Down at root level amongst pearlite mulch I am drawing vastly of rain and air. Planes make you believe in forever, elsewhere as they tremble above the sere leaf line. At home in dappled 21st century shade I feel the gnarl of secateurs scattered iron chelates. I want to expose a hazy line to wound the tissue green sap wood with love. East facing I call to companion plants as if we’re home and hosed with care.

we are seeking

Business Programs cannot move us not while bulbuls fatten on the cherry tree. Highly motivated, results driven. Direct sun wakes the winter. We would like to abscond with beauty over the hills. As spills on the road great management opportunities Robust Next Generation Detection. Thanks for the heads up but, no thanks, the sky seems wider when crossed with wings and sounds of ravens. Quit the dream! My next step is out into the yard the yellow leaves given to ground. But I scoop them together sounding dry, sounding. Raise them up for the seconds it takes to catch the clouds rolling from the south. My only gift another thing I’ve stolen. A suitably qualified person will always hunt you down. Not if I see them coming first, no way.

el hay(na)ku

Hay(na)ku from The First Hay(na)ku Anthology have been translated into Spanish and available at Periodico de Poesia associated with the National Autonomous University of Mexico/Universidad Nacional Autónoma de México (UNAM). On the site are translations (and originals) by: Michael Chmielecki Craig Freeman Harry K. Stammer Crag Hill Jill Jones Tom Beckett Sheila E. Murphy The translators are Argel Corpus, Rebeka Lembo, Liliana Andrade, Itzel Rivas, Melisa Larios, Alfredo Villegas, Luis Felipe Alvarez, Alejandra Navarrete, María González de León, and Álvaro García. They are part of UNAM's Faculty of Literature and Philosophy/Facultad de Filosofía y Letras.

listen in

You can listen in to all good things at the latest i-outlaw . Cast of thousands (almost a dozen?) including Annie Finch, Aaron Belz, Emma Barnes, Andrew Burke, Jim Goar, Lisa Gordon, Lewis LaCook, Amanda Laughtland, Rebeka Lembo, Ashraf Osman. And little ol' moi.

found poem - things to do in melbourne

Sales Representative Research Fellow - Hydrogen Computer Systems Officer Research Fellow - Functional Foods Director of Research Associate Professor/Senior Lecturer/Lecturer – Bioprocessing Engineering Postdoctoral Research Fellow - Stratospheric Ozone Research Fellow - NIMS Group (Multiple positions available) Associate Professor/Senior Lecturer/Lecturer – Bioprocessing Engineering Postdoctoral Research Fellow - Climate Change (2 Positions)


music white bird dream the end

mini georgic

That the body goes back to its field or mulch That ground speaks in hum To ask how we've wrecked time

small press stuff

In late May I attended a conference (as an observer) run by SPUNC, the Small Press Underground Networking Community . SPUNC was set up to represent and promote collaboration within the Australian small and independent publishing sector. Good idea. I'll be interested to see what becomes of the ideas raised at the conference, which were many and varied, as you'd expect, with a lot more ground to cover. I'll be interested particularly to hear more about engagement with the web and the possibilities, in particular, of web 2.0 (ie, web as 'communities') for networking, publishing and distribution, and discussion and debate.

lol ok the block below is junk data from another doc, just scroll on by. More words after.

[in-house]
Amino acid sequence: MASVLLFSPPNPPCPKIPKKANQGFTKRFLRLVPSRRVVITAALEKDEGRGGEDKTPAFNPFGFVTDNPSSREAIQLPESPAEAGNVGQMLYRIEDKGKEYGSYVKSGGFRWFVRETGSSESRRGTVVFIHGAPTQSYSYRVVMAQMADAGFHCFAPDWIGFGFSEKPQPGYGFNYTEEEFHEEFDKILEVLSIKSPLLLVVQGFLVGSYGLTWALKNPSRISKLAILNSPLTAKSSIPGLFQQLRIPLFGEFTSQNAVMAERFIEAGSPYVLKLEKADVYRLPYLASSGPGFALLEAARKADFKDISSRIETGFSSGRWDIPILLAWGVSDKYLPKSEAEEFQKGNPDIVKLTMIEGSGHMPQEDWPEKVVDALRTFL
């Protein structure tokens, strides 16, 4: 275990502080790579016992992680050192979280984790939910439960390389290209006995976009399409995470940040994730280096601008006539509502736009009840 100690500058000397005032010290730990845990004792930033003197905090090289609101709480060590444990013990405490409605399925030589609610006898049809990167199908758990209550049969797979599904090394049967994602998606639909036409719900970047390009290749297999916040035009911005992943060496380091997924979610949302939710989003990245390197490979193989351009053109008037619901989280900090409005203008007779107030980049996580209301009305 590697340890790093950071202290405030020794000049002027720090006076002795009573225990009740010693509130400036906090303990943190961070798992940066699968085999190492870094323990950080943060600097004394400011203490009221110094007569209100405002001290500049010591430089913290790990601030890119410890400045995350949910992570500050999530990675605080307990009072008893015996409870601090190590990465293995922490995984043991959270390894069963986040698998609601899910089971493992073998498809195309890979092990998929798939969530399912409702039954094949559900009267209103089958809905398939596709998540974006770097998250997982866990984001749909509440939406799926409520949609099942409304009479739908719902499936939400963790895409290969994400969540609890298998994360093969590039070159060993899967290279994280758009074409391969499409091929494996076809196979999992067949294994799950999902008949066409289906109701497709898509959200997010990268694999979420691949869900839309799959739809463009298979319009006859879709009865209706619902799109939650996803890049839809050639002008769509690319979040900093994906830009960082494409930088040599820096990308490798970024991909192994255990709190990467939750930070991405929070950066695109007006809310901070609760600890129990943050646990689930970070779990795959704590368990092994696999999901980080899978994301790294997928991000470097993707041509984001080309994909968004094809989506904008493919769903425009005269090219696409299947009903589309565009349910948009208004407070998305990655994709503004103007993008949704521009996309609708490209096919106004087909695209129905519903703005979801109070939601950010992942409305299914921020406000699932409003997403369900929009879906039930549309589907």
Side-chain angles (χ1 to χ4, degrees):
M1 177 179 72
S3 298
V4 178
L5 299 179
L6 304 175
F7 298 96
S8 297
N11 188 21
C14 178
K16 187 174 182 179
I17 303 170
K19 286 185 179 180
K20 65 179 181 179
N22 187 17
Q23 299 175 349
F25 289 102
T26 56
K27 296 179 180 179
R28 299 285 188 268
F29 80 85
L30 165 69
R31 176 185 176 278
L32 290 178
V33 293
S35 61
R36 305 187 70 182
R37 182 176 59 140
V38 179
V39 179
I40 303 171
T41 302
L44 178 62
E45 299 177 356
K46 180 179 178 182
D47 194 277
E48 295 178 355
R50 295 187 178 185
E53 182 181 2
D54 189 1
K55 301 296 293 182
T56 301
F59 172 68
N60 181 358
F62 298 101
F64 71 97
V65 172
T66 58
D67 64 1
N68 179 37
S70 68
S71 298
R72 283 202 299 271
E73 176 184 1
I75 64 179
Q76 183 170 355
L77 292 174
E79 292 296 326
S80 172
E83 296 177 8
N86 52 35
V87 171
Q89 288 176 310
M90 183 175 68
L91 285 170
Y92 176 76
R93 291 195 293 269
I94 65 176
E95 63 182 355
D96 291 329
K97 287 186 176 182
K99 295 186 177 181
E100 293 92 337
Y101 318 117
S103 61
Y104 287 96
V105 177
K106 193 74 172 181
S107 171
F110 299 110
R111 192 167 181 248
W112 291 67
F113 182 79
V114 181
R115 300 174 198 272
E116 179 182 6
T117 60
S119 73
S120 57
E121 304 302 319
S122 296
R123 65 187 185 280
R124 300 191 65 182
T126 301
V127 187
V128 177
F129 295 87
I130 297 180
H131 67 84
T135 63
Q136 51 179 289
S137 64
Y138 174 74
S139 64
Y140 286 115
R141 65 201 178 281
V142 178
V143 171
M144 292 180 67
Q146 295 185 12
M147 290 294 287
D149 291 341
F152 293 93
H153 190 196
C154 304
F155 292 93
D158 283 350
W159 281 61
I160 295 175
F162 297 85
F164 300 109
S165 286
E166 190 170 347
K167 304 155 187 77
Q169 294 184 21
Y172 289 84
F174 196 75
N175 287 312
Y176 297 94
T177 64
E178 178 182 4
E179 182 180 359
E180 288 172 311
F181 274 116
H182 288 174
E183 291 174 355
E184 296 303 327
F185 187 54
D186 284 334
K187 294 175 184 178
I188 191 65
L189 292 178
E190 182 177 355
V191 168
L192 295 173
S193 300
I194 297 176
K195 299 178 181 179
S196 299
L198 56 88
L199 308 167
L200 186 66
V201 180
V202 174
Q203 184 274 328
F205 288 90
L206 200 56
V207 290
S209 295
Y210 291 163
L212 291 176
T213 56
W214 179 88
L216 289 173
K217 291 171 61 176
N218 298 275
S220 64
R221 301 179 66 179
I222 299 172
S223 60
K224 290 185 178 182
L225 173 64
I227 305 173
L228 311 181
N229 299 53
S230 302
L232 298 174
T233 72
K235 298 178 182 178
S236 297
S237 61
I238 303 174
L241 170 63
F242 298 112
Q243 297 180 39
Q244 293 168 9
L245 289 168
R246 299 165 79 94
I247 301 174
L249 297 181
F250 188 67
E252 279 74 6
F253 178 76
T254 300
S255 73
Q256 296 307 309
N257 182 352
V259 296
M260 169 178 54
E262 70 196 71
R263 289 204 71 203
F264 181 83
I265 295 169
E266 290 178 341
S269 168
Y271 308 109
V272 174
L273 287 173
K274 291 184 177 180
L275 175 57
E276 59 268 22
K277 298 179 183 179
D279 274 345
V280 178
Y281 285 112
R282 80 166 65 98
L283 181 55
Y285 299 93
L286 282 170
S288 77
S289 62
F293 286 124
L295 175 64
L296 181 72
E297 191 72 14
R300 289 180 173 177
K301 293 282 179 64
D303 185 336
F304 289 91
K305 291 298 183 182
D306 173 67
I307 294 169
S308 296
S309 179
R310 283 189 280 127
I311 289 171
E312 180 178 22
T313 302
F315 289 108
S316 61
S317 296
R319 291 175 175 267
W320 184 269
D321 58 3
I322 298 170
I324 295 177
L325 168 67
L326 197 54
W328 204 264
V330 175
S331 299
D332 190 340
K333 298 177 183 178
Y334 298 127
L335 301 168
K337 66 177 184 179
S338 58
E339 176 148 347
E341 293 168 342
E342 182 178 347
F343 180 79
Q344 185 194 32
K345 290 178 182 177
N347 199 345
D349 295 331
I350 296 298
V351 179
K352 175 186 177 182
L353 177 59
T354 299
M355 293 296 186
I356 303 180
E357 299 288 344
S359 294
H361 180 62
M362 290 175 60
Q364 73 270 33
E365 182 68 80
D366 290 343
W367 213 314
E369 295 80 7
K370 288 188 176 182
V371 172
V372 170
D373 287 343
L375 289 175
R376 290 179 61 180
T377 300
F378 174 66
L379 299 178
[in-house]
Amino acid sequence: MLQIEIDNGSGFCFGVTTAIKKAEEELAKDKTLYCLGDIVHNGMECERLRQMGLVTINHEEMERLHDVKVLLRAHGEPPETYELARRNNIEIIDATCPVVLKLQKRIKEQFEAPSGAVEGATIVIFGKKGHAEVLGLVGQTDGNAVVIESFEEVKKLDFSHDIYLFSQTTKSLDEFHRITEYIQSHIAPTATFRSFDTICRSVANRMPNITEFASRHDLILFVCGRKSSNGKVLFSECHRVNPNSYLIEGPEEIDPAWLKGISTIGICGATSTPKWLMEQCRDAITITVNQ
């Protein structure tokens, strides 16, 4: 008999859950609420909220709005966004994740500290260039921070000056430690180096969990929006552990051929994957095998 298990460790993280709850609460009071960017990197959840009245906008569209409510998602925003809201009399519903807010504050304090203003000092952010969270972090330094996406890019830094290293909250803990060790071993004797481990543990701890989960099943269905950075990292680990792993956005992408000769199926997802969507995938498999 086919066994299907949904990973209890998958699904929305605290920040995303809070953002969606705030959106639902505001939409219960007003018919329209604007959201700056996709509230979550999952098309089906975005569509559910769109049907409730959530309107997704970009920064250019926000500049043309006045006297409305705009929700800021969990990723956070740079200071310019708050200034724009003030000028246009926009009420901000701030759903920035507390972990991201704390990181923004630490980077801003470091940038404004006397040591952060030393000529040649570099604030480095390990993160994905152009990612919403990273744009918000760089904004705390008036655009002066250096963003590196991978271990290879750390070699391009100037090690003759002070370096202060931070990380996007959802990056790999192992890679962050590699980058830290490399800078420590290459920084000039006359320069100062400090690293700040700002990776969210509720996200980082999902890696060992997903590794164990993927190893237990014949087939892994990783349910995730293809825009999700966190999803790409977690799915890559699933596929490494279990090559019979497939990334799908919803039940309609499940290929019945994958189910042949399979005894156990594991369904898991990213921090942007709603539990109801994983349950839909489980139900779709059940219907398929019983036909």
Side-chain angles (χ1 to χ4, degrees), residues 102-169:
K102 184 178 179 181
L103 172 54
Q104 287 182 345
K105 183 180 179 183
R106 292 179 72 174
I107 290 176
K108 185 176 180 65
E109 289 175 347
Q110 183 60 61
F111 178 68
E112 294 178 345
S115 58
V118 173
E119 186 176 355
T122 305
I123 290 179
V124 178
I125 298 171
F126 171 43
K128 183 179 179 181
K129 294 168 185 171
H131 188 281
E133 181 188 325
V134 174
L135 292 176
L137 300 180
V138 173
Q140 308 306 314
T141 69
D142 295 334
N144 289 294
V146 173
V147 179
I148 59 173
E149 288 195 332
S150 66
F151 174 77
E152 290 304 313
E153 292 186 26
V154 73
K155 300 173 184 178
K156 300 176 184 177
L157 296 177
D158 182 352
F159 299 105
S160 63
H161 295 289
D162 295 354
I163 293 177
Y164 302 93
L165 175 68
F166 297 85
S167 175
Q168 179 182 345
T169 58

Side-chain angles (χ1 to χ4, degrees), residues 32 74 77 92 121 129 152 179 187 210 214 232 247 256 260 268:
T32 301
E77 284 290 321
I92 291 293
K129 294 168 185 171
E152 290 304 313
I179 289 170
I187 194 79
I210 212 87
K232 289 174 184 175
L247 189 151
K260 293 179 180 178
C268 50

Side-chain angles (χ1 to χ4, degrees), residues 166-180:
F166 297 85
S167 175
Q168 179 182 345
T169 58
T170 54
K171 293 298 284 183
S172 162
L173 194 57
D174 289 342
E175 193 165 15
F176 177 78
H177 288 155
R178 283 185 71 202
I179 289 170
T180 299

starting to become

"We must be who we are." So said Georgina Beyer at a fund-raising dinner for the gay/ lesbian/ bisexual/ transgender/ queer (you know the drill) community at the Sydney Town Hall last night. This was the 10th Aurora dinner run by the Aurora Group which was set up to organise events within the lesbian, gay and transgender community to bring friends together in celebration as well as raising funds for community organisations and projects, including Twenty Ten GLBT Youth Support and The Gay & Lesbian Counselling Service. I must say I wasn't on the wavelength and prolly ought not to have been there, having been pretty ill all week and for other family reasons, although it was a grand and glam sell-out affair, peopled by dykes, queens, trannies, pollies (Malcolm Turnbull, Federal Minister for Short Showers and Tanya Plibersek, Federal Member for Emerald City) and on-side corporates. The Town Hall, I have to say, looked stunning and the James Bond theme was suitably over-t

on jennifer rankin

One of the few places you get some in depth discussion of Australian literature, including, from time-to-time poetry, is the Journal of the Association for the Study of Australian Literature (phew - just call it JASAL). In the latest issue there's a fascinating article by Bonny Cassidy on the poetry of Jennifer Rankin . Bonny did a terrific paper at an ASAL mini-conference in February of this year, looking at Rankin's work through an eco-poetic lens. This article takes a different tack. To quote the abstract: "Attention to Jennifer Rankin's poetry was spare within her lifetime. Twenty-eight years after her death, the time has come to challenge her critical reception and to recognise the importance of her poetics on its own terms. Her work has an antithetical relationship to the generation of '68, and the shadowy place that it takes among the poetry of her peers can be defined by its struggle against subjectivity; a poetics at odds with John Tranter's descripti